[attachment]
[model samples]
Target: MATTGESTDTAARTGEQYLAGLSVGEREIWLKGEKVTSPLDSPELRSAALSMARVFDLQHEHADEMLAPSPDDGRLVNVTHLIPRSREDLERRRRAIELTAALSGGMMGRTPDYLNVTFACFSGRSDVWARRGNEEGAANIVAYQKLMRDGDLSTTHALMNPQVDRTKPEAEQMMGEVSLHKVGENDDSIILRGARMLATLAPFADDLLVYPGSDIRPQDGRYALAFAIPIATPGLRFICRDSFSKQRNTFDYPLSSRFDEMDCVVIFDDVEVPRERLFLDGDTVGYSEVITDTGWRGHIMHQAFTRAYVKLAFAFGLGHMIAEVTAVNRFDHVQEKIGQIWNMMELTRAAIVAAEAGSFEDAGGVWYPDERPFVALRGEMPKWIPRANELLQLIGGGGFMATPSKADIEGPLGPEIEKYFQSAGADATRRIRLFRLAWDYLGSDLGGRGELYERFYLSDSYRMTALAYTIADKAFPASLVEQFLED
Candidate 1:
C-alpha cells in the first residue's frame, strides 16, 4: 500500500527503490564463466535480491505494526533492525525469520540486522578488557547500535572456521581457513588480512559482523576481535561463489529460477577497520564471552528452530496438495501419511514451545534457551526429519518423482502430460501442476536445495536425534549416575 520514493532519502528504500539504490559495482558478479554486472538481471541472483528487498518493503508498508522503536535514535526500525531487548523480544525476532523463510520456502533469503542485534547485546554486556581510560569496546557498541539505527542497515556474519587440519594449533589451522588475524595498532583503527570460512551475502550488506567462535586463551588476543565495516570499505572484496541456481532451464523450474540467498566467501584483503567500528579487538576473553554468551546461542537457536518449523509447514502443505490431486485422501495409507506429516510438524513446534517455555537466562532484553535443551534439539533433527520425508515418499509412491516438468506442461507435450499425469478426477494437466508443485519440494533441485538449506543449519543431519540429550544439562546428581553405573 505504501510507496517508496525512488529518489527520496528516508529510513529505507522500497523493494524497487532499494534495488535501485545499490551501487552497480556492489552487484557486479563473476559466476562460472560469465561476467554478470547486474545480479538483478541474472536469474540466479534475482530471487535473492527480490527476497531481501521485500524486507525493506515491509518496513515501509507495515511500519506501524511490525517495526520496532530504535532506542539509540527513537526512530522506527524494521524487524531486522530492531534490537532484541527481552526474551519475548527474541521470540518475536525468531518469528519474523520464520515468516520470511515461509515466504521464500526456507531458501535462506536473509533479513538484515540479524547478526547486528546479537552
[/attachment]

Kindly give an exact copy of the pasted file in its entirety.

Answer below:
[model samples]
Target: MATTGESTDTAARTGEQYLAGLSVGEREIWLKGEKVTSPLDSPELRSAALSMARVFDLQHEHADEMLAPSPDDGRLVNVTHLIPRSREDLERRRRAIELTAALSGGMMGRTPDYLNVTFACFSGRSDVWARRGNEEGAANIVAYQKLMRDGDLSTTHALMNPQVDRTKPEAEQMMGEVSLHKVGENDDSIILRGARMLATLAPFADDLLVYPGSDIRPQDGRYALAFAIPIATPGLRFICRDSFSKQRNTFDYPLSSRFDEMDCVVIFDDVEVPRERLFLDGDTVGYSEVITDTGWRGHIMHQAFTRAYVKLAFAFGLGHMIAEVTAVNRFDHVQEKIGQIWNMMELTRAAIVAAEAGSFEDAGGVWYPDERPFVALRGEMPKWIPRANELLQLIGGGGFMATPSKADIEGPLGPEIEKYFQSAGADATRRIRLFRLAWDYLGSDLGGRGELYERFYLSDSYRMTALAYTIADKAFPASLVEQFLED
Candidate 1:
C-alpha cells in the first residue's frame, strides 16, 4: 500500500527503490564463466535480491505494526533492525525469520540486522578488557547500535572456521581457513588480512559482523576481535561463489529460477577497520564471552528452530496438495501419511514451545534457551526429519518423482502430460501442476536445495536425534549416575 520514493532519502528504500539504490559495482558478479554486472538481471541472483528487498518493503508498508522503536535514535526500525531487548523480544525476532523463510520456502533469503542485534547485546554486556581510560569496546557498541539505527542497515556474519587440519594449533589451522588475524595498532583503527570460512551475502550488506567462535586463551588476543565495516570499505572484496541456481532451464523450474540467498566467501584483503567500528579487538576473553554468551546461542537457536518449523509447514502443505490431486485422501495409507506429516510438524513446534517455555537466562532484553535443551534439539533433527520425508515418499509412491516438468506442461507435450499425469478426477494437466508443485519440494533441485538449506543449519543431519540429550544439562546428581553405573 505504501510507496517508496525512488529518489527520496528516508529510513529505507522500497523493494524497487532499494534495488535501485545499490551501487552497480556492489552487484557486479563473476559466476562460472560469465561476467554478470547486474545480479538483478541474472536469474540466479534475482530471487535473492527480490527476497531481501521485500524486507525493506515491509518496513515501509507495515511500519506501524511490525517495526520496532530504535532506542539509540527513537526512530522506527524494521524487524531486522530492531534490537532484541527481552526474551519475548527474541521470540518475536525468531518469528519474523520464520515468516520470511515461509515466504521464500526456507531458501535462506536473509533479513538484515540479524547478526547486528546479537552